Middle East

Yemen's President Saleh 'negotiating' departure

Anti-government demonstrators in Sanaa (25 Mar 2011)
Image caption Protests have been going on in the capital and other elsewhere for weeks

Yemen's veteran President, Ali Abdullah Saleh, is negotiating his departure from power during talks with the opposition, government officials say.

But hopes earlier in the day of an imminent deal to end six weeks of crisis appeared to have been dashed.

Presidential spokesman Ahmed al-Sufi said opposition demands for an immediate transfer of power were unacceptable.

Mr Saleh says he will quit later this year but protesters say he must go now.

Mr Sufi said the talks involved Yemen's vice-president, the US ambassador and tribal and military leaders who have defected to the opposition, Reuters news agency said.

It quoted him as saying no progress towards a deal had been made.

But this is the first time the government has confirmed that Mr Saleh is negotiating the terms of his departure, observers say.

'Agreement close'

Earlier Foreign Minister Abubakr al-Qirbi, a close ally of the president, said agreement was close on a transfer of power - seen as a clear sign that Mr Saleh's resignation is now a matter of time.

"I hope it will be today, before tomorrow," Mr Qirbi told Reuters news agency.

He said he was optimistic the time frame for a transfer of power could be negotiated.

"President Saleh is willing to look at all possibilities, as long as there are really serious commitments by the JMP (opposition) to come and initiate a serious dialogue between them and the ruling party," he said.

Al-Arabiya television channel quoted Mr Saleh himself as saying he would be prepared to leave power "with dignity", even within hours.

The developments come a day after tens of thousands people attended rival mass rallies in the capital Sanaa.

Last week some 50 people were shot dead at an anti-government protest.

In recent weeks, Mr Saleh's power base has been hit by top military figures and tribal leaders joining the opposition.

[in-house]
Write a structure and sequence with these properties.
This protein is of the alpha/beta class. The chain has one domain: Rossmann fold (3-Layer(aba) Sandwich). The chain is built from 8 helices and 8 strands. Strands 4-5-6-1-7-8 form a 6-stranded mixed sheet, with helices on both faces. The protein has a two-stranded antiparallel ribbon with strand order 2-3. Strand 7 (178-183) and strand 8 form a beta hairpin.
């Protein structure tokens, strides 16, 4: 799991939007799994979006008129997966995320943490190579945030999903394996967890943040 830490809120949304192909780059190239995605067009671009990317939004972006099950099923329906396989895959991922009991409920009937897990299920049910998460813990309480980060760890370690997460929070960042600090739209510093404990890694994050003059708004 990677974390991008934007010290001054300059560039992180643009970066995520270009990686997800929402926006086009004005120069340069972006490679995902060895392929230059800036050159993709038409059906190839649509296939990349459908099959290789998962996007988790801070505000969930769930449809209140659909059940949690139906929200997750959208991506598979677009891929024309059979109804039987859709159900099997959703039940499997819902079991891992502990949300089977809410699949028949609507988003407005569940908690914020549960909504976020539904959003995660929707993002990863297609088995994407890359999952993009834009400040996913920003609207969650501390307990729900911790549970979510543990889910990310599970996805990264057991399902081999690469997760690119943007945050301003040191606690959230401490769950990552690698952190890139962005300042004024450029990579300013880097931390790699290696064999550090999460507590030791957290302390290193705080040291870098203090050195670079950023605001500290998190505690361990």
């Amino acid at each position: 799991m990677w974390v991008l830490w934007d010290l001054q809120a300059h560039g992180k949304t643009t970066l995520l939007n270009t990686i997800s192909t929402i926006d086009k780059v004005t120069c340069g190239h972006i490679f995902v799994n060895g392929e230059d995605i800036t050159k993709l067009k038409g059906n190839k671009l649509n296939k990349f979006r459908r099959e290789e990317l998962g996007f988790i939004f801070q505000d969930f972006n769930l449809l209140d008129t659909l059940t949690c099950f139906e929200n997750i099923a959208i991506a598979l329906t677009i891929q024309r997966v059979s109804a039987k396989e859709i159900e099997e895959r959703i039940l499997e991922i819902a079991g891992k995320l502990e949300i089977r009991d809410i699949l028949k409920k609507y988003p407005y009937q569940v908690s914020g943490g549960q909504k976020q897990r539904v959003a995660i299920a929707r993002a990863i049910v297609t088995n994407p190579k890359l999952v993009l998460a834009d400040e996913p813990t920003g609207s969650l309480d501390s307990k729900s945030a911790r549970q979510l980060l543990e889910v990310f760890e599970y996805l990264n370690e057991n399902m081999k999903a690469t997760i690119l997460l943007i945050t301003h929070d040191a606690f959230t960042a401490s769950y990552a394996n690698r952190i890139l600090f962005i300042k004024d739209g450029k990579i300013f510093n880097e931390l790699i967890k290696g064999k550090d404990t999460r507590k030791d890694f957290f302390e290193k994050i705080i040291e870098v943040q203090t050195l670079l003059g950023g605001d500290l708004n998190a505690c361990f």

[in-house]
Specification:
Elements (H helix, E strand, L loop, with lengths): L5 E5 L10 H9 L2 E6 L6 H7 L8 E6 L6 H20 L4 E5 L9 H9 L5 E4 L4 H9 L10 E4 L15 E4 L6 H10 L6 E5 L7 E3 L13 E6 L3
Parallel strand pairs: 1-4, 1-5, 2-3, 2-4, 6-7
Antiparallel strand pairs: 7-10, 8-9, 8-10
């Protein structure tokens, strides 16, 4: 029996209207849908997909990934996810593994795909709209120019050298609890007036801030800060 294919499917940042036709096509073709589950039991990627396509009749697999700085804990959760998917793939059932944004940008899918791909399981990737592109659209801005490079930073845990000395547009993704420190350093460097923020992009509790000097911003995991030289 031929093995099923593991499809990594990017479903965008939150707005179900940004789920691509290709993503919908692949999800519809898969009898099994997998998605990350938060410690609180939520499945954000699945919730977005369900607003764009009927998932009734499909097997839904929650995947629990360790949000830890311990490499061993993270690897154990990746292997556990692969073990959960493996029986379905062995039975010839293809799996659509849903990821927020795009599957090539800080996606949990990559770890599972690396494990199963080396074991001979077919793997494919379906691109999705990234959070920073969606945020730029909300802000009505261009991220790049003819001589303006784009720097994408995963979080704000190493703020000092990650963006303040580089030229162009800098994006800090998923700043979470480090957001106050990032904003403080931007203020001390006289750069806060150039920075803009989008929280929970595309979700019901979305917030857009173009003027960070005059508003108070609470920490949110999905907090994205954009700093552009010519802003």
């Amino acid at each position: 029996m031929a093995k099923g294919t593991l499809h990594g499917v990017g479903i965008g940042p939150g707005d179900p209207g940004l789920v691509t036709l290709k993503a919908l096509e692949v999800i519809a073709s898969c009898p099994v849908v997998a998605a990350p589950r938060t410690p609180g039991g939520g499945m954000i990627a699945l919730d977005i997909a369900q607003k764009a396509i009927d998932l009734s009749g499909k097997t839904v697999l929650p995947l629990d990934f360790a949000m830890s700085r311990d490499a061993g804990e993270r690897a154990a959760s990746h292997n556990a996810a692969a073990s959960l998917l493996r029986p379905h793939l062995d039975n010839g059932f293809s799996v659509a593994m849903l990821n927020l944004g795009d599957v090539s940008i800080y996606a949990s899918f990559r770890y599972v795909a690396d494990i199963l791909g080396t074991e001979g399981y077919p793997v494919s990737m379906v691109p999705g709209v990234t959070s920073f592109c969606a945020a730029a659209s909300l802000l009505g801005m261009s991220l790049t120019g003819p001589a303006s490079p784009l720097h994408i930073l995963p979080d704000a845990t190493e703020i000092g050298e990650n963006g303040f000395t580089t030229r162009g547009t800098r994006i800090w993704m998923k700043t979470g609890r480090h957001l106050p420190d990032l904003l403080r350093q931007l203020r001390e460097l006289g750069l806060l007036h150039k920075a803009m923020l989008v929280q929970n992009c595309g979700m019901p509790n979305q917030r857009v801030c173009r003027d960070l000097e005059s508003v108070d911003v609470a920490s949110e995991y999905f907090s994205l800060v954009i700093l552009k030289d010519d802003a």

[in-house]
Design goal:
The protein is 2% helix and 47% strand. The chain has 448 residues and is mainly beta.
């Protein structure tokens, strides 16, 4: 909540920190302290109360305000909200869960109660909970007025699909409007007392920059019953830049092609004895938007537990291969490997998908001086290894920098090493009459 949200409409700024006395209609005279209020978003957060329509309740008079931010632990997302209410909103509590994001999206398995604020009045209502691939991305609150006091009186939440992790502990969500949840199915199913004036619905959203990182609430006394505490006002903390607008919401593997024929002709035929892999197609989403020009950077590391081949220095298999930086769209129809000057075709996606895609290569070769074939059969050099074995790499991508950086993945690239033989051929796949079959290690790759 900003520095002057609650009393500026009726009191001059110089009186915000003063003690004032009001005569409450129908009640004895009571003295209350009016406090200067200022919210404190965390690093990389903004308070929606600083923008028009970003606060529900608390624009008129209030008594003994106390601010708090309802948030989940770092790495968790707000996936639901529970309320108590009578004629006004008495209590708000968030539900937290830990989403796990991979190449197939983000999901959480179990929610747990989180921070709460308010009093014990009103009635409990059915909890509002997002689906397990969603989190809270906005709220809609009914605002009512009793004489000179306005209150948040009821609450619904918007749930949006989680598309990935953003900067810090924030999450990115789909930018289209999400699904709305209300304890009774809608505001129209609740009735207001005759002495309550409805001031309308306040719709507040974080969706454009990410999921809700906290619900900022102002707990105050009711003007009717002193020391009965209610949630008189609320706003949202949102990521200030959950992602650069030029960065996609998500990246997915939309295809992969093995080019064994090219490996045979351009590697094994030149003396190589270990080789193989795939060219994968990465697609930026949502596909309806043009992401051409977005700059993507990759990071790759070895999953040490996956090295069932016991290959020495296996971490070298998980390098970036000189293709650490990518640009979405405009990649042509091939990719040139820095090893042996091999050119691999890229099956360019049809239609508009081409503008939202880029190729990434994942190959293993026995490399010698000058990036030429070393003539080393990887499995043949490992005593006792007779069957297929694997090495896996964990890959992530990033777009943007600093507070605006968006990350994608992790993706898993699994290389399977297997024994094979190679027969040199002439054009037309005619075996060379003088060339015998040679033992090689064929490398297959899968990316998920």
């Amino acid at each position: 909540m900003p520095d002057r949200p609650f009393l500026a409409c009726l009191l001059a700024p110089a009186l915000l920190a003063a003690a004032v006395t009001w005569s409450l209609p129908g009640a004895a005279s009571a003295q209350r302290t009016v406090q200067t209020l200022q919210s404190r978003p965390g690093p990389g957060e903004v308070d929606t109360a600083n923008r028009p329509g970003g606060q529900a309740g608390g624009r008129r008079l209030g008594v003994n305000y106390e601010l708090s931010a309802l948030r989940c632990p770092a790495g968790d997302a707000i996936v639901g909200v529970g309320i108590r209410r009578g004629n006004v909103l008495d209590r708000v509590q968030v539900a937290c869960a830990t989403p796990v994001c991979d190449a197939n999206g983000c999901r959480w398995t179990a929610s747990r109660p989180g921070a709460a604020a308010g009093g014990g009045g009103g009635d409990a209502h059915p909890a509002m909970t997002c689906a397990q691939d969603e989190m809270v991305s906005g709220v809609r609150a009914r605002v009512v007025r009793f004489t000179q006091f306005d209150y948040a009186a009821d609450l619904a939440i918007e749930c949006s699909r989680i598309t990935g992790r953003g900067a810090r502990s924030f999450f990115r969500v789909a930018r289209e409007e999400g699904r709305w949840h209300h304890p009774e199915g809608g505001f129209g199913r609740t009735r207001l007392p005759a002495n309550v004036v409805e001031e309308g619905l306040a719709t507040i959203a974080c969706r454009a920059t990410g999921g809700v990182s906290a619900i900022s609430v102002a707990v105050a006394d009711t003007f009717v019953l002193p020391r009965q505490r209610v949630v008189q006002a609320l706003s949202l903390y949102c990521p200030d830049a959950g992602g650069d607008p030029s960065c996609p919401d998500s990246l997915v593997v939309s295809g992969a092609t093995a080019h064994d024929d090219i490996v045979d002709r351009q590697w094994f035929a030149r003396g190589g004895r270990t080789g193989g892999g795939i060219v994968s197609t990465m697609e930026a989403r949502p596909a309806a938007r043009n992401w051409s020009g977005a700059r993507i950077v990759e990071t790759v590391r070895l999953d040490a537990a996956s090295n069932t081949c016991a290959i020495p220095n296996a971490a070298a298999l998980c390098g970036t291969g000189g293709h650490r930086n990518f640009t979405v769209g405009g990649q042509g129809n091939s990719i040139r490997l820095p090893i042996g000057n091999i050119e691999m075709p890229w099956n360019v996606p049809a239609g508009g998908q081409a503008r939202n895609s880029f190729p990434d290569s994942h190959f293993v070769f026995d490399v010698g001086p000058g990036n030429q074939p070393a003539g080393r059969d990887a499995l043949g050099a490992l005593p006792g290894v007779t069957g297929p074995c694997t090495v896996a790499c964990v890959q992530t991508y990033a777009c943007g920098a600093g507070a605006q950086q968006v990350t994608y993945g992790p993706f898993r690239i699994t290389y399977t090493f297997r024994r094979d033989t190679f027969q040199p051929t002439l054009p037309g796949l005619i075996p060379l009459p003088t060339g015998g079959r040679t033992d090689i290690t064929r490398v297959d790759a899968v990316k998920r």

'Serious dialogue'

On Friday, Mr Saleh told a rally of his own supporters he was ready to hand over power, but only to "safe hands".

A correspondent for the BBC in Yemen says there are, however, many other obstacles that need to be overcome for the crisis to be resolved - the biggest being the actual structure of the power transfer.

Another big issue is the future of Mr Saleh's relatives, some of whom hold powerful government posts, our correspondent says.

Two relatives who are particularly unpopular with the protesters are:

  • the president's son Ahmed, who is in charge of the Republican Guard
  • his nephew and son-in-law Yahia Saleh, who heads the security forces.

Mr Saleh's ruling party, General People's Congress, said on Saturday that he should serve out his term until 2013, AFP news agency reported.

Yemen, the Arab world's most impoverished nation, is a key ally in the US-led fight against al-Qaeda, which has established a strong presence there.

Two recent bomb plots against US targets - two American cargo planes in October and a Detroit-bound airliner in December 2009 - originated in Yemen.

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